BBC NEWS Americas Africa Europe Middle East South Asia Asia Pacific Arabic Spanish Russian Chinese Welsh
BBCi CATEGORIES   TV   RADIO   COMMUNICATE   WHERE I LIVE   INDEX    SEARCH 

BBC NEWS
 You are in:  Business
Front Page 
World 
UK 
UK Politics 
Business 
Market Data 
Economy 
Companies 
E-Commerce 
Your Money 
Business Basics 
Sci/Tech 
Health 
Education 
Entertainment 
Talking Point 
In Depth 
AudioVideo 


Commonwealth Games 2002

BBC Sport

BBC Weather

SERVICES 
Tuesday, 23 April, 2002, 12:17 GMT 13:17 UK
Bangladesh prepares to cut trade barriers
Bangladesh fan seller
Bangladesh's low-tech economy has a big trade deficit
Bangladesh might reduce its top import tariff to 30% from 37.5% in the budget for the fiscal year starting in July, in line with WTO free trade rules.

Finance Minister Saifur Rahman hinted at the tariff reduction during a meeting with customs officials on Monday.

Finance Minister Saifur Rahman
Rahman is expected to include the cuts in his budget
"We have to gradually cut tariff rates to pursue a policy of a free market economy. This is a practice every country is following now," Mr Rahman was quoted as saying.

The reduction would bring the top rate in line with those of India and Pakistan.

Recent trade talks between Bangladesh and India, its biggest trading partner and with which it runs a huge deficit, failed to resolved major disputes.

Bangladesh's major imports are machinery and equipment, chemicals, steel, textiles, food, crude oil and petroleum products.

Regional parity

The World Bank and International Monetary Fund (IMF) have put concerted pressure on Bangladesh to liberalise trade.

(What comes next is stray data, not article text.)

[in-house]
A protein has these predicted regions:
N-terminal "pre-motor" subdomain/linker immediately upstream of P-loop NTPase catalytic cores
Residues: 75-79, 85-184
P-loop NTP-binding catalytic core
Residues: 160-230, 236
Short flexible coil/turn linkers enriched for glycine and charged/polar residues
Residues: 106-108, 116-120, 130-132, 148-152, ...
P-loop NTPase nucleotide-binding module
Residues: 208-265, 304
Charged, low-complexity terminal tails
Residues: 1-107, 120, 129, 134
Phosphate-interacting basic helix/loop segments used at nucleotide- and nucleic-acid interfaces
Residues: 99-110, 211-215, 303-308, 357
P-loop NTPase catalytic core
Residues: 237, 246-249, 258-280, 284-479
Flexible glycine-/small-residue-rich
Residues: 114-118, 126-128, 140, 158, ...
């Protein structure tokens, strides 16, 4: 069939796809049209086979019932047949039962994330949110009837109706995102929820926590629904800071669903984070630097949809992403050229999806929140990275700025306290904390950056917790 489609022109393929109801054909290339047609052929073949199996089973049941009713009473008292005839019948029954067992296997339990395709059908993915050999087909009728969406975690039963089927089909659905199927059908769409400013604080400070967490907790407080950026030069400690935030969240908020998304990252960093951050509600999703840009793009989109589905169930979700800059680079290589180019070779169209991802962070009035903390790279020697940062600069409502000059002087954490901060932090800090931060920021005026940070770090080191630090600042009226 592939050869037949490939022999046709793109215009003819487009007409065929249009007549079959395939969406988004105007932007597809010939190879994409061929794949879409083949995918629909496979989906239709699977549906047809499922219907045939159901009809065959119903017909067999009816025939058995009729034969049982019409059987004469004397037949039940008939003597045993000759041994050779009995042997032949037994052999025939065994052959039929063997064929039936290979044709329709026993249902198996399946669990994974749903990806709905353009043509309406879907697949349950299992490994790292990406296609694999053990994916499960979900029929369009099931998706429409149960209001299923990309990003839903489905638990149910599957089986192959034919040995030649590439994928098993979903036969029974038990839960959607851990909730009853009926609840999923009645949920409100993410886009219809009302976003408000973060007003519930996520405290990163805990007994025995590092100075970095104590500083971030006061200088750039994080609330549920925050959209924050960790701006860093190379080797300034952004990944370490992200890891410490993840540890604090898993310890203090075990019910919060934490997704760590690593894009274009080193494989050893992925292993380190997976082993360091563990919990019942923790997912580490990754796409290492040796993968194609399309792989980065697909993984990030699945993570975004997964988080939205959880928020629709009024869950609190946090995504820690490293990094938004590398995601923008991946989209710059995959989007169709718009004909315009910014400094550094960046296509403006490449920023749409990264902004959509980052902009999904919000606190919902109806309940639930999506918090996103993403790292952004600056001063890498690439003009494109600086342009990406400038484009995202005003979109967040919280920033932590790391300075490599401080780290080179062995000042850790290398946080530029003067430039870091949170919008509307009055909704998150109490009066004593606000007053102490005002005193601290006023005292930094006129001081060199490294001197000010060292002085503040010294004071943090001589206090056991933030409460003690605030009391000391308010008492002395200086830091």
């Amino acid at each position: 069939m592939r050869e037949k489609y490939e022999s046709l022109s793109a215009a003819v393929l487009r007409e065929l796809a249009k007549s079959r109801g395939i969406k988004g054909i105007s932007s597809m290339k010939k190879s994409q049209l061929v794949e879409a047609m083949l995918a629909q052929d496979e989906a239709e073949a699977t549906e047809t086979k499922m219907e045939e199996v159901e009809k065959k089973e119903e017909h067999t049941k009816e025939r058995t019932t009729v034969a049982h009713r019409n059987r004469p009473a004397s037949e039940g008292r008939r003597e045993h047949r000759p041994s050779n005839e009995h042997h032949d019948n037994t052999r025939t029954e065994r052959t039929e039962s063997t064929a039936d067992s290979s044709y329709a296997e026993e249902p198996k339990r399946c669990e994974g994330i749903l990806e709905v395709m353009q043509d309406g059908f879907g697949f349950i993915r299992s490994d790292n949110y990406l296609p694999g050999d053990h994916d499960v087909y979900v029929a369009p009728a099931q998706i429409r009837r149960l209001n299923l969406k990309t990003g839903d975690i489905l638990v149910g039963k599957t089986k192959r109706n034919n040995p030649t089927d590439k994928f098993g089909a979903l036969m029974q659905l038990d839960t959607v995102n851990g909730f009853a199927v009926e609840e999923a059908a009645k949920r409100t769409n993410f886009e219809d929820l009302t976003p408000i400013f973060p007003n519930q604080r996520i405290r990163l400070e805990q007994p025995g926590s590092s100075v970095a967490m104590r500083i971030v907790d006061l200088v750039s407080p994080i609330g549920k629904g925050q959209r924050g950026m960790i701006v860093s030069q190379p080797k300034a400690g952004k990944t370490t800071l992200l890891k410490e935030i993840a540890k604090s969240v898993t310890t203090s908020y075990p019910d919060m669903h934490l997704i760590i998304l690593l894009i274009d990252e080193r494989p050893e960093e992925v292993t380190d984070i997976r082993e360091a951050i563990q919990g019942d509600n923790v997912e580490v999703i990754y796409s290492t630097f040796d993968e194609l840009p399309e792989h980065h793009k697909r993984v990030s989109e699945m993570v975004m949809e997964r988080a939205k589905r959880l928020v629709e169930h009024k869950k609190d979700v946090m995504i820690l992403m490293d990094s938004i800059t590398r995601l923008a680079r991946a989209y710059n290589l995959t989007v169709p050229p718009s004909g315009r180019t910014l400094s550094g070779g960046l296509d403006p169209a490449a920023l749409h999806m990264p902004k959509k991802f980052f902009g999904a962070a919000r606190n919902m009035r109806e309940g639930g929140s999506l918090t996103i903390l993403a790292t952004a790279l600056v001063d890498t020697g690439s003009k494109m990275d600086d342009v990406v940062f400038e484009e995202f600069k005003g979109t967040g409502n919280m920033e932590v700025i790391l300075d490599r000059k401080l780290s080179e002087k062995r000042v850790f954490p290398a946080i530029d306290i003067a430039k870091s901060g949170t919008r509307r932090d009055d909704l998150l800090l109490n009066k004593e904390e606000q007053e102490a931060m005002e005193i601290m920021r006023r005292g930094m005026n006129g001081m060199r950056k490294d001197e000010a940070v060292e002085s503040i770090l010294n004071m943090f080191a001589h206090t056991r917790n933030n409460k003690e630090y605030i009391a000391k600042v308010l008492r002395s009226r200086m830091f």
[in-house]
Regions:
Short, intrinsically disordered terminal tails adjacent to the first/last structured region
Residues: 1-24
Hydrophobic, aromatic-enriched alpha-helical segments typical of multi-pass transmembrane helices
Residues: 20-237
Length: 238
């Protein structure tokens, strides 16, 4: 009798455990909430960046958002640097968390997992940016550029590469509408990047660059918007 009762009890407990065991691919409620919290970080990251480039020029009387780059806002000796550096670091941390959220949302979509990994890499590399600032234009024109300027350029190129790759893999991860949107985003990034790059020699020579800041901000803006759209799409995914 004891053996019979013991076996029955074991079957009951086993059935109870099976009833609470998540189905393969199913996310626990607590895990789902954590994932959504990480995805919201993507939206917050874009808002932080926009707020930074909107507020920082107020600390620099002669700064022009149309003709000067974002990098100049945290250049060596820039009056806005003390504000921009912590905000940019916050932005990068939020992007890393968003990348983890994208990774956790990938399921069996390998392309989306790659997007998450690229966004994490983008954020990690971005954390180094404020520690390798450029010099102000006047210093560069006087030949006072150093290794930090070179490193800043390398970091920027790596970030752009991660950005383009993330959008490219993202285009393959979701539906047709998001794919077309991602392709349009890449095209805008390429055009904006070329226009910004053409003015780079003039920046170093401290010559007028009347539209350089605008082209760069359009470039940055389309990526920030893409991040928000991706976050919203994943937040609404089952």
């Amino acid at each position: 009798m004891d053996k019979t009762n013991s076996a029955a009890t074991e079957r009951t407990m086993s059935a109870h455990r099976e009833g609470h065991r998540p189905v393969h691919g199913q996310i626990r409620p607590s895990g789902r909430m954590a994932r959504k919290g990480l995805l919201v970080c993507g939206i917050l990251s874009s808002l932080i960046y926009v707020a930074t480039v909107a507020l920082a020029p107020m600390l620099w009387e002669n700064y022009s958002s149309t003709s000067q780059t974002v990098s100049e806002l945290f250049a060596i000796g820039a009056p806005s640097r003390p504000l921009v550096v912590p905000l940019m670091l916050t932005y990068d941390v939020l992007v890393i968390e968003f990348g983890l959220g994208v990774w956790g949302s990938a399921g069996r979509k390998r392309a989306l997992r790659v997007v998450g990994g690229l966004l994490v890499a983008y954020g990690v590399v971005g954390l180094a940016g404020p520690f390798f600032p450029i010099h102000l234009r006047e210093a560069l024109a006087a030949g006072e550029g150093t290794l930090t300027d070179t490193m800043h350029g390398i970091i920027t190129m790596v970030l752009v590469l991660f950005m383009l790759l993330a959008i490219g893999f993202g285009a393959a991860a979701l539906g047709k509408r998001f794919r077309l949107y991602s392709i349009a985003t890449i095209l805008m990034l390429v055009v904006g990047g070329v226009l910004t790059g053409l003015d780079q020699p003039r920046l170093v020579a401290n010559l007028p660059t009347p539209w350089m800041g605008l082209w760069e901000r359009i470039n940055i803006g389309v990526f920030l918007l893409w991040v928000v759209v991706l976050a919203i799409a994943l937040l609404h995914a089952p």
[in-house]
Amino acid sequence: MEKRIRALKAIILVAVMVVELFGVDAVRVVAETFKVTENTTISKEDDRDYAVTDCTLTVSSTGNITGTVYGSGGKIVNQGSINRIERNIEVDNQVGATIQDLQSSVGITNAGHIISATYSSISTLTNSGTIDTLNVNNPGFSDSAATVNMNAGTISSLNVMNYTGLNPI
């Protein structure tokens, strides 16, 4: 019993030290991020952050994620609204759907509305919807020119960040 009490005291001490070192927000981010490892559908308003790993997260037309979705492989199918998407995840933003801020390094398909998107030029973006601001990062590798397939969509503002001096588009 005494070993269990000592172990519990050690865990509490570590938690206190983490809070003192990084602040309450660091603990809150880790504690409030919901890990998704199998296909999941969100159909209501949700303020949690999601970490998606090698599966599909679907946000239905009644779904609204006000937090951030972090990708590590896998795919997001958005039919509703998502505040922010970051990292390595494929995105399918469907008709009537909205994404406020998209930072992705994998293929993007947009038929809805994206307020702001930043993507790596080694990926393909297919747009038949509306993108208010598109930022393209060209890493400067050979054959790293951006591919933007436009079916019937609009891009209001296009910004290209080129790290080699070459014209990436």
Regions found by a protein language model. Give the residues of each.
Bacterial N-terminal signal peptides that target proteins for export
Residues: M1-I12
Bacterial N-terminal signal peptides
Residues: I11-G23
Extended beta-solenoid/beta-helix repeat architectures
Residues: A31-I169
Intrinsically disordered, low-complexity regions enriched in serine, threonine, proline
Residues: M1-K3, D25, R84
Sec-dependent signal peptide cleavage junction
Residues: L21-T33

The Bank report recently criticised Bangladesh for making little progress in liberalising trade since the mid-1990s, and for imposing import bans and restrictions.

"Average tariff protection in Bangladesh is much higher than in all other South Asian countries' rates," it said.

"It is pertinent to note that unless it restarts its trade liberalisation process, Bangladesh is soon going to be left behind other South Asian countries."

The report said protection levels in Sri Lanka and Nepal were already much lower, and for the past five years protection in many areas, such as tariffs and agricultural state trading monopolies, had also been coming down rapidly in Pakistan.

"For example, with a few exceptions Pakistan's top tariff rate is now 30% compared with 42.7% in 1996/97," it said.

It said India also recently reduced the top tariff rate to 30%, with an indication that the maximum tariff will be brought down to 20% over the next three years.

See also:

17 Feb 02 | South Asia
Bangladesh talks with IMF fail
07 Feb 02 | South Asia
Asian meet aims to strengthen trade
08 Nov 01 | South Asia
Bangladesh gets no trade favours
31 Oct 01 | South Asia
Bangladesh edges toward gas exports
Internet links:


The BBC is not responsible for the content of external internet sites

Links to more Business stories are at the foot of the page.


E-mail this story to a friend

Links to more Business stories